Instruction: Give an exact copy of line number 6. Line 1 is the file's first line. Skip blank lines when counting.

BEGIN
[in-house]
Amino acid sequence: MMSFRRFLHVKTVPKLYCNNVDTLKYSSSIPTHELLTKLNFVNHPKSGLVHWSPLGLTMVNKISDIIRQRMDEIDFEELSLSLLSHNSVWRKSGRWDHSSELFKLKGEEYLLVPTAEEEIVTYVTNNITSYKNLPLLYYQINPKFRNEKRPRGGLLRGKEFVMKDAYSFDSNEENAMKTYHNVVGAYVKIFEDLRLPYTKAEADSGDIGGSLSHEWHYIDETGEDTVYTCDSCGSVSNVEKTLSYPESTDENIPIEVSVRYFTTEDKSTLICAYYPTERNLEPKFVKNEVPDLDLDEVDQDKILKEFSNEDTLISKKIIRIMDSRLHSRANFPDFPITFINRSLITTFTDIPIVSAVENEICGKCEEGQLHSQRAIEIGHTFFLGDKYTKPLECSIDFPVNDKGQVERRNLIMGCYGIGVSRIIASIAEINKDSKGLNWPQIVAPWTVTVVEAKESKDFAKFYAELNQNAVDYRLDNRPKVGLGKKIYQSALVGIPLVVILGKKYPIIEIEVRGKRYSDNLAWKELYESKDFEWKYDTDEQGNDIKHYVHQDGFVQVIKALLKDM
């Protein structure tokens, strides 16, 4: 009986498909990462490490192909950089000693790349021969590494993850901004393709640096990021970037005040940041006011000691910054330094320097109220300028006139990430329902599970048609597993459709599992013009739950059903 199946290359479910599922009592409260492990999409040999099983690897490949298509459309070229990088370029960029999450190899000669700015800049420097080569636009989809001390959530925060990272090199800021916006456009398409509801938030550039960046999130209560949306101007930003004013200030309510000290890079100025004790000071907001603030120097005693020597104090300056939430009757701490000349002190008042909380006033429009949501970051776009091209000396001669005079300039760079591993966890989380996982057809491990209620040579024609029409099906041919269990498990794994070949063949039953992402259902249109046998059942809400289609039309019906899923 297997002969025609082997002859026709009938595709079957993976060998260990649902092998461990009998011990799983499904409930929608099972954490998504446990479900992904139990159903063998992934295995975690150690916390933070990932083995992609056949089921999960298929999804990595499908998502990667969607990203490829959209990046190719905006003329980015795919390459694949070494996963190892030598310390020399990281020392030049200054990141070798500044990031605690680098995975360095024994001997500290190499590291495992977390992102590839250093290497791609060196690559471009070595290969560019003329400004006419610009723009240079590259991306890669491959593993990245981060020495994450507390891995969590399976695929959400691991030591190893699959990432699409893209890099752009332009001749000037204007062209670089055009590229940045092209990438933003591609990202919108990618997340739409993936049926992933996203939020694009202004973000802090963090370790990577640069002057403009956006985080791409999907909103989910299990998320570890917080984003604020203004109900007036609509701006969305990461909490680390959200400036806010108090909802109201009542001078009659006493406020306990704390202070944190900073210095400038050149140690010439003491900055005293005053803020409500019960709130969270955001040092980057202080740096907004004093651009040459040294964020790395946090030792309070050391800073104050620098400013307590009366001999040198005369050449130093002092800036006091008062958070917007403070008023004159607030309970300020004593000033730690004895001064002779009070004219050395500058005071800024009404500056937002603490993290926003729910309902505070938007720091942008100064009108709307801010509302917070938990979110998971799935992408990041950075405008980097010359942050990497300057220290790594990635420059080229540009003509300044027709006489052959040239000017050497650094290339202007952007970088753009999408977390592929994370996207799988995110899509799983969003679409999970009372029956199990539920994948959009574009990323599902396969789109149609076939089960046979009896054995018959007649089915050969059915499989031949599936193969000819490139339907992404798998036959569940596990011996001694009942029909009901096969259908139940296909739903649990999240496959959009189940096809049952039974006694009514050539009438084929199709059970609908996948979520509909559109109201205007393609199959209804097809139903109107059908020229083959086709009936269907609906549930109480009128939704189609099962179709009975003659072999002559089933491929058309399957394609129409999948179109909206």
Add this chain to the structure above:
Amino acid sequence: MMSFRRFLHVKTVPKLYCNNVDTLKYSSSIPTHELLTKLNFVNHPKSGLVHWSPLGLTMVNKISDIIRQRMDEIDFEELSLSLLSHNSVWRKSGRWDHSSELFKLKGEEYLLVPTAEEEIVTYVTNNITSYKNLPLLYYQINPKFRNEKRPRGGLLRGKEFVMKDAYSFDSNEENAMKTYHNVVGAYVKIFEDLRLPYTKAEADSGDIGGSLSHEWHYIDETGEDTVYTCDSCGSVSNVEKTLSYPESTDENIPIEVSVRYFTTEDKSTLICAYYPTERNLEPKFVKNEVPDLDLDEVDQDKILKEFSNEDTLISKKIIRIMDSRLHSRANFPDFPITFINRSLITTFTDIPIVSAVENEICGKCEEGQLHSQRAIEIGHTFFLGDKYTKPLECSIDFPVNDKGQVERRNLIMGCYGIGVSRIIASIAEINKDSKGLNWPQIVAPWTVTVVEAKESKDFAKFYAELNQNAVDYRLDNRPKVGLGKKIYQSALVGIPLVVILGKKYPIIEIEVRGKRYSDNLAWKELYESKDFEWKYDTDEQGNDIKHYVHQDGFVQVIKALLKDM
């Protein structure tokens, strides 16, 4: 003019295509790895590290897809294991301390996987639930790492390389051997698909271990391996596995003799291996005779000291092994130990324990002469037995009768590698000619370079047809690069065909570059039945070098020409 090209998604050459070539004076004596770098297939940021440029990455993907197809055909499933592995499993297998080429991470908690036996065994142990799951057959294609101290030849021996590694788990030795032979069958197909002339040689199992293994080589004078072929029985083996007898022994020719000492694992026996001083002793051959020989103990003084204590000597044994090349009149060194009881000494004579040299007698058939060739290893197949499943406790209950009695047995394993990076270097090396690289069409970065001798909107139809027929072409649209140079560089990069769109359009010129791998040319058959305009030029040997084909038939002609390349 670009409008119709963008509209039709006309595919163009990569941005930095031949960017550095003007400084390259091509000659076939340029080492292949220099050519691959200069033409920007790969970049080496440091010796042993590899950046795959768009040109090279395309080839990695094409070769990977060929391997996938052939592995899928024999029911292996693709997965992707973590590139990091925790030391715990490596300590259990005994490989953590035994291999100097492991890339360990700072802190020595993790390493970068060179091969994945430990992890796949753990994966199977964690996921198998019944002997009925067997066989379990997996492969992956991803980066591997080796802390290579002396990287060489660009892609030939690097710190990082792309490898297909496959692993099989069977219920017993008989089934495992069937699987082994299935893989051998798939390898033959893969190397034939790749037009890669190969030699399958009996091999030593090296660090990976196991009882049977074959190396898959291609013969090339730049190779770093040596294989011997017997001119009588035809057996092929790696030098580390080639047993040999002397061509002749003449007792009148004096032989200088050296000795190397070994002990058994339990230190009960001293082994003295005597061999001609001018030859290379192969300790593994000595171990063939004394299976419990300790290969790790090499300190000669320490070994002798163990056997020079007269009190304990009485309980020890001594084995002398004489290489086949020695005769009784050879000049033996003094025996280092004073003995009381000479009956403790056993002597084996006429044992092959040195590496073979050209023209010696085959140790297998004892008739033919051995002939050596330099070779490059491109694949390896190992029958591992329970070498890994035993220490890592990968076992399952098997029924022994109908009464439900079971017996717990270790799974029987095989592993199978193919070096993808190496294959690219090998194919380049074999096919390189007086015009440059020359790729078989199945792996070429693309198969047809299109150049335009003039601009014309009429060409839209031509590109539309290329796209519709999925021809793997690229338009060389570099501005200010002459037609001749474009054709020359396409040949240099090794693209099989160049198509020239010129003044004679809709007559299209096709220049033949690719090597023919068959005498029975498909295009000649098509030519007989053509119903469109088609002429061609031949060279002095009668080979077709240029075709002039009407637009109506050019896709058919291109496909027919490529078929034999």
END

């Protein structure tokens, strides 16, 4: 003019295509790895590290897809294991301390996987639930790492390389051997698909271990391996596995003799291996005779000291092994130990324990002469037995009768590698000619370079047809690069065909570059039945070098020409 090209998604050459070539004076004596770098297939940021440029990455993907197809055909499933592995499993297998080429991470908690036996065994142990799951057959294609101290030849021996590694788990030795032979069958197909002339040689199992293994080589004078072929029985083996007898022994020719000492694992026996001083002793051959020989103990003084204590000597044994090349009149060194009881000494004579040299007698058939060739290893197949499943406790209950009695047995394993990076270097090396690289069409970065001798909107139809027929072409649209140079560089990069769109359009010129791998040319058959305009030029040997084909038939002609390349 670009409008119709963008509209039709006309595919163009990569941005930095031949960017550095003007400084390259091509000659076939340029080492292949220099050519691959200069033409920007790969970049080496440091010796042993590899950046795959768009040109090279395309080839990695094409070769990977060929391997996938052939592995899928024999029911292996693709997965992707973590590139990091925790030391715990490596300590259990005994490989953590035994291999100097492991890339360990700072802190020595993790390493970068060179091969994945430990992890796949753990994966199977964690996921198998019944002997009925067997066989379990997996492969992956991803980066591997080796802390290579002396990287060489660009892609030939690097710190990082792309490898297909496959692993099989069977219920017993008989089934495992069937699987082994299935893989051998798939390898033959893969190397034939790749037009890669190969030699399958009996091999030593090296660090990976196991009882049977074959190396898959291609013969090339730049190779770093040596294989011997017997001119009588035809057996092929790696030098580390080639047993040999002397061509002749003449007792009148004096032989200088050296000795190397070994002990058994339990230190009960001293082994003295005597061999001609001018030859290379192969300790593994000595171990063939004394299976419990300790290969790790090499300190000669320490070994002798163990056997020079007269009190304990009485309980020890001594084995002398004489290489086949020695005769009784050879000049033996003094025996280092004073003995009381000479009956403790056993002597084996006429044992092959040195590496073979050209023209010696085959140790297998004892008739033919051995002939050596330099070779490059491109694949390896190992029958591992329970070498890994035993220490890592990968076992399952098997029924022994109908009464439900079971017996717990270790799974029987095989592993199978193919070096993808190496294959690219090998194919380049074999096919390189007086015009440059020359790729078989199945792996070429693309198969047809299109150049335009003039601009014309009429060409839209031509590109539309290329796209519709999925021809793997690229338009060389570099501005200010002459037609001749474009054709020359396409040949240099090794693209099989160049198509020239010129003044004679809709007559299209096709220049033949690719090597023919068959005498029975498909295009000649098509030519007989053509119903469109088609002429061609031949060279002095009668080979077709240029075709002039009407637009109506050019896709058919291109496909027919490529078929034999």